The U. S. District Court in Los Angeles ruled that yoga poses cannot be subject to copyright in a business litigation case between a yoga college in India and several yoga studios in various cities. The U. S. Copyright Office had already ruled that a sequence of yoga poses could not be copyrighted, but the Indian company brought suit anyway against yoga studios in Los Angeles and New York. The owner of the yoga college contended that he had thought up the unique sequence and deserved protection from others copying his intellectual property. However, the federal judge ruling on the case stated that books or photographs depicting certain arrangements of exercises could be copyrighted, but the sequence itself is not protected by copyright law, as the U. S. Copyright Office stated. He noted that individual poses are not subject to copyright law, and therefore the sequence itself could not be protected.
Apple's victory over Samsung in a $1 billion patent lawsuit last month means that Apple has the opportunity to corner smartphone technology over Android rival companies. The verdict in this business litigation case was applicable only to Samsung; the company was found to have copied software technology exclusively owned by Apple. However, this could spell trouble for other competitors who rely on Google's Android platforms to power their phones.Companies currently using features like "bounce back" and "touch zoom" could opt to pay a fee to Apple for copying the technology, although this may well result in costs being passed on to the customer and a drop in competitive price sales for these companies.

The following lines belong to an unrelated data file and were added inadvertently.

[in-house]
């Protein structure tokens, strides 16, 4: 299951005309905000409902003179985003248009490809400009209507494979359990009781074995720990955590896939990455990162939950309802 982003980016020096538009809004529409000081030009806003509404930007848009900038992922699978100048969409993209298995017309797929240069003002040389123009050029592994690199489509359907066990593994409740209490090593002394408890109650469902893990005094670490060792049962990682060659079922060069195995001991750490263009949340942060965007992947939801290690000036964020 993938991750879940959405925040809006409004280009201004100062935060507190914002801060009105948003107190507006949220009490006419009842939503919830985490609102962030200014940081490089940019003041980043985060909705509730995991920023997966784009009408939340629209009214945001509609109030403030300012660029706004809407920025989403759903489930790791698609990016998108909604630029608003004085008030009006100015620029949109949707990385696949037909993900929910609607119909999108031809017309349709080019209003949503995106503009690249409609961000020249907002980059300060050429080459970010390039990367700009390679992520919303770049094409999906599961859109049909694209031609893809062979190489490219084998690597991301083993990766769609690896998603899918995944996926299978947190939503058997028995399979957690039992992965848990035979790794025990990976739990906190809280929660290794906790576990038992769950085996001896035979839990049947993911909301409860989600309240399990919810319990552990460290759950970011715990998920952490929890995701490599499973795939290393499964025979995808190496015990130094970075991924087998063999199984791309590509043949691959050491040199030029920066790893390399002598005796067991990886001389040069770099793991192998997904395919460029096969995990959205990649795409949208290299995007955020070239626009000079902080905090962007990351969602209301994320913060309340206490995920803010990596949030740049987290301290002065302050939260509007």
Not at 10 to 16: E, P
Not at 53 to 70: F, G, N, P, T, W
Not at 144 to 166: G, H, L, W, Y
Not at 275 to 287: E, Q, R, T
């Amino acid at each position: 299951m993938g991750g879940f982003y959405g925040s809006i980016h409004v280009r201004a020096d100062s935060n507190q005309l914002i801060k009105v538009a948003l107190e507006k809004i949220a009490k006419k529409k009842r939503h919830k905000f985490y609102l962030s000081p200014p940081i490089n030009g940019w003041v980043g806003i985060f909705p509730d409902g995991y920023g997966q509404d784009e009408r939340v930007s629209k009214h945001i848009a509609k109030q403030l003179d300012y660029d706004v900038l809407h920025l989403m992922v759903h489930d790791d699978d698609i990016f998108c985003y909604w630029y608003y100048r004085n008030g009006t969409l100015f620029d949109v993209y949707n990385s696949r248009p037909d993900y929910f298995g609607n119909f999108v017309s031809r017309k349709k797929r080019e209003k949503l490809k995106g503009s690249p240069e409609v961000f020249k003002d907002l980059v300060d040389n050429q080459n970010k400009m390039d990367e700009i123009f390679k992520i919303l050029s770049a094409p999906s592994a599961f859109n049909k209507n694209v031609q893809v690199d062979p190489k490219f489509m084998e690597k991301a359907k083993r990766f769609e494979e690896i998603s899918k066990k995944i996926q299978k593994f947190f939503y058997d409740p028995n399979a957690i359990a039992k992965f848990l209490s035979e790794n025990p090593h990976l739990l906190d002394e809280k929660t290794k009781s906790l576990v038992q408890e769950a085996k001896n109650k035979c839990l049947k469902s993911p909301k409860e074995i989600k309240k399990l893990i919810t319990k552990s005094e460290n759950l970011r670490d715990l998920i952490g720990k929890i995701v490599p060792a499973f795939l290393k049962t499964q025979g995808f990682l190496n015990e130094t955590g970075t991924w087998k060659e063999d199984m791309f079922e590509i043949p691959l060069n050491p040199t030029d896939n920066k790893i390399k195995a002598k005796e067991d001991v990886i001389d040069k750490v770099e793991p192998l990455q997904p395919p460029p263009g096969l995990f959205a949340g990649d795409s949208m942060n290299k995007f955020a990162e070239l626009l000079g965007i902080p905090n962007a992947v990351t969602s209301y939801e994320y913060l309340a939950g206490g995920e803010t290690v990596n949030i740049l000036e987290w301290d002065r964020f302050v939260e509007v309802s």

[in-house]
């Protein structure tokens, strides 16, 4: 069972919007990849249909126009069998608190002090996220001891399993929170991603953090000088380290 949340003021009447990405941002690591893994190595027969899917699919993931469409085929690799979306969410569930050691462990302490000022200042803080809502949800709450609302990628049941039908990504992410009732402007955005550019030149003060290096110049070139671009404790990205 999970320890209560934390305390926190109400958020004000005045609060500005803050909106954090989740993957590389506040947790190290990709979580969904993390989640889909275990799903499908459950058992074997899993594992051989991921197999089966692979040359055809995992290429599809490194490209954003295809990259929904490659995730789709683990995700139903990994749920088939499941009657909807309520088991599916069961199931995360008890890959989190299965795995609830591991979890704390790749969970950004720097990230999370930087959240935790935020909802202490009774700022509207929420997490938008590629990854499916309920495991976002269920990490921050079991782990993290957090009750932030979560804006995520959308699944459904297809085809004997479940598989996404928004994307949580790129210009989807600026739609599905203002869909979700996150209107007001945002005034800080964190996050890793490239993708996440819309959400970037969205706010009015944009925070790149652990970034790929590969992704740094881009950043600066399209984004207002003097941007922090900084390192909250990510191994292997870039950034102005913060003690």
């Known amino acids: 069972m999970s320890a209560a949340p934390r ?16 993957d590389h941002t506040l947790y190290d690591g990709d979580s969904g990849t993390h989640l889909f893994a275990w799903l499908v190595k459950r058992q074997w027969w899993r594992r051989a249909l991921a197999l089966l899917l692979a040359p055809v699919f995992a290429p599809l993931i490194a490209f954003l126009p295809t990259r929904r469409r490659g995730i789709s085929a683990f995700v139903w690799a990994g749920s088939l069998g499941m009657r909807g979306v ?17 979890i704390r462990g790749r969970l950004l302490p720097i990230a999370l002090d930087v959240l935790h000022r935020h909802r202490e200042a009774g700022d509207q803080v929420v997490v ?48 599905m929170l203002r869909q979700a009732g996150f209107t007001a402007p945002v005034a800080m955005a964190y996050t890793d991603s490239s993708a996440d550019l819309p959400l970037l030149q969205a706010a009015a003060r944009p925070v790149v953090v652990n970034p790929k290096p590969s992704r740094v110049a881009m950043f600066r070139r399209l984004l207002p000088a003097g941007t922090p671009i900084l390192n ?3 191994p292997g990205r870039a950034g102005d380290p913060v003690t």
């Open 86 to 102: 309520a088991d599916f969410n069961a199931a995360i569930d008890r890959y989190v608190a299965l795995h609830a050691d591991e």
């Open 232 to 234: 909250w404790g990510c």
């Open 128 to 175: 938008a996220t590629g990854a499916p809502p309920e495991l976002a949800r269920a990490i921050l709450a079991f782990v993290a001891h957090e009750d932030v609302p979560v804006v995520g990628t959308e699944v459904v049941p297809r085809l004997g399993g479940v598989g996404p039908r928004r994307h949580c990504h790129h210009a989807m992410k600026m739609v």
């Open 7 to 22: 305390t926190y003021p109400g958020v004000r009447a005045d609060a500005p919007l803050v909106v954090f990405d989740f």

Whether you watch television on a Dish or DirecTV satellite, through your cable provider, Netflix, the Internet, or the old fashion way with rabbit ears, wouldn't it be great to watch our favorite TV show without commercials? Don't all of us in Massachusetts wish we didn't have to interrupt plot lines with those loud, pesky ads?
When taking proper steps to protect your trademarks or intellectual property, it is sometimes difficult to keep up with rapidly changing technology. It's also sometimes difficult for Massachusetts copyright owners to determine how far the law can be stretched to safeguard their patented products.